This process can be observed by placing thin slices of a prismatic layer of bivalve shells in an aquarium containing the larvae of the sponges. The larvae attach to the surface of these slices and the part of their body facing the substrate emits short, thin protoplasmic expansions, which sink into the substrate and, when viewed from above, the sponge has a rosette structural pattern at this stage. Through these expansions, the larva separates small particles that the larva draws into the body. The particles then pass through the soft tissue and then leave the body of the sponge. (This creates a large amount of micritic fraction, which can be transported and accumulated in other parts of the sedimentary basin; cf. Flügel, 2004). We can conclude that the work of piercing the chambers and galleries of the sponge into bivalve substrates, whose shell construction also contains substances other than CaCO3, is carried out first by a chemical process, i.e., by the excretion of acid and an enzyme that promotes the dissolution of conchiolin. In some sponges, the authors observed the ability to dissolve resistant substances, such as chitin. In the boring sponges, the mechanical process is manifested by the ejection of cut particles out of the body. According to Nasonov (1924) and other authors cited above, the minimum dimensions of the structure attributable to the ichnogenus Entobia are microscopic: young sponges begin drilling at a diameter of about 0.06 mm. The measured values of the diameter of the chambers of the entobians on the Pyrgopolon tubes slightly exceed 0.1 mm; within the above-mentioned morphological and physiological elasticity of this group, it is possible to imagine the formation of an egg in a chamber of this diameter, from which a larva equipped with a flagellum emerging very quickly.

Palaeobiological Positioning of Porifera Living in Small Bioclasts

Due to the need to study benthic communities based on mere pictorial documentation which becomes an often-pronounced requirement, Schönberg (2021) introduced a classification system of Porifera based on a strictly functional interpretation of traditional spongal morphologies. The goal is to deliver a standardized approach that can be optionally display-based and can be applied anywhere. A sophisticated system was introduced which works with 21 morphologies in its end categories; 4 morphologies are considered basic: 1—true crusts, endolithic bio-eroding, and creeping sponges, 2—simple massive, globular massive, composite massive, and tubular sponges, 3—bowls and barrels, 4—one-dimensional, two-dimensional and three-dimensionally erected forms; stalked sponges. From this point of view, based on a study of the extensive literature on recent sponges from various environments, our presented endolithic microforms represent a specialized sub-group within basic morphology no. 1. Their difference/specialization lies mainly in the following aspects: (1) Typical endolithic sponges usually inhabit the environment with the highest hydrodynamics; (2) endolithic sponges have to protect themselves from being buried by rapid sedimentation, and therefore erect forms are common in these environments. Both of these facts do not apply to sponge domichnia in serpulid tubes. The location of Le Mans ring road is characterized by a rather low moderate energy environment (Kočová Veselská et al., 2021) and the absolute predominance of small bioclasts.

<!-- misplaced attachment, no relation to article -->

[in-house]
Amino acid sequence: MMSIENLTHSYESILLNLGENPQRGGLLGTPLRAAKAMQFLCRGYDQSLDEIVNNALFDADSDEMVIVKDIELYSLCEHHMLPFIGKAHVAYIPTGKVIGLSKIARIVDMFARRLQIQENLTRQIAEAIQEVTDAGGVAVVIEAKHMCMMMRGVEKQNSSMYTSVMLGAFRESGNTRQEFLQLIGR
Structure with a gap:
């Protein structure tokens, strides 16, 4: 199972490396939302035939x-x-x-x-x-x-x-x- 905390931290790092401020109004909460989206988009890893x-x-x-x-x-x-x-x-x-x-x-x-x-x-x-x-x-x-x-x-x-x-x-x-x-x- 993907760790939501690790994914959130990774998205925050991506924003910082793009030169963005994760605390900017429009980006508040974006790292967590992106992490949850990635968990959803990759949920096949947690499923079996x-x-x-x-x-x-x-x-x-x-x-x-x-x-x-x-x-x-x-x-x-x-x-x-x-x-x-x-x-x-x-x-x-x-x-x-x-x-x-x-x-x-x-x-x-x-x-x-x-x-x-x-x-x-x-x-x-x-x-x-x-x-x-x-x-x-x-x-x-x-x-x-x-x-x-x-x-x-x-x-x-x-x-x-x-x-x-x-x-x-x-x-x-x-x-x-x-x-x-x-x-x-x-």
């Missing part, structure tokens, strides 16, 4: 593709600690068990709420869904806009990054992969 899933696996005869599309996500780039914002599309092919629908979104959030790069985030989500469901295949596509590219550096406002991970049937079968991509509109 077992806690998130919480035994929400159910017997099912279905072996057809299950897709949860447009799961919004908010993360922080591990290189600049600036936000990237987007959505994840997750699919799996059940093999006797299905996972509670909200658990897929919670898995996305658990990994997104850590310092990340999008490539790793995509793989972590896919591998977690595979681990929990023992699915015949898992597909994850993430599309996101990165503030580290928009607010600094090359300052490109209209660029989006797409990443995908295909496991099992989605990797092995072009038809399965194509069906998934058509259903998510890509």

The Tracemakers of Maeandropolydora

Maeandropolydora

Maeandropolydora is produced by polychaetes, mostly of the family Spionidae (Bromley and D'Alessandro, 1983, 1987; Farinati and Zavala, 2002) which ranges from intertidal to the depth of 50 m (Wisshak et al., 2005). Spionids are very small polychaete worms (lengths from a few millimeters up to 2–3cm) living in a wide variety of substrates and various habitats (e.g., Blake and Evans, 1973; Blake et al., 2019; Rouse et al., 2022).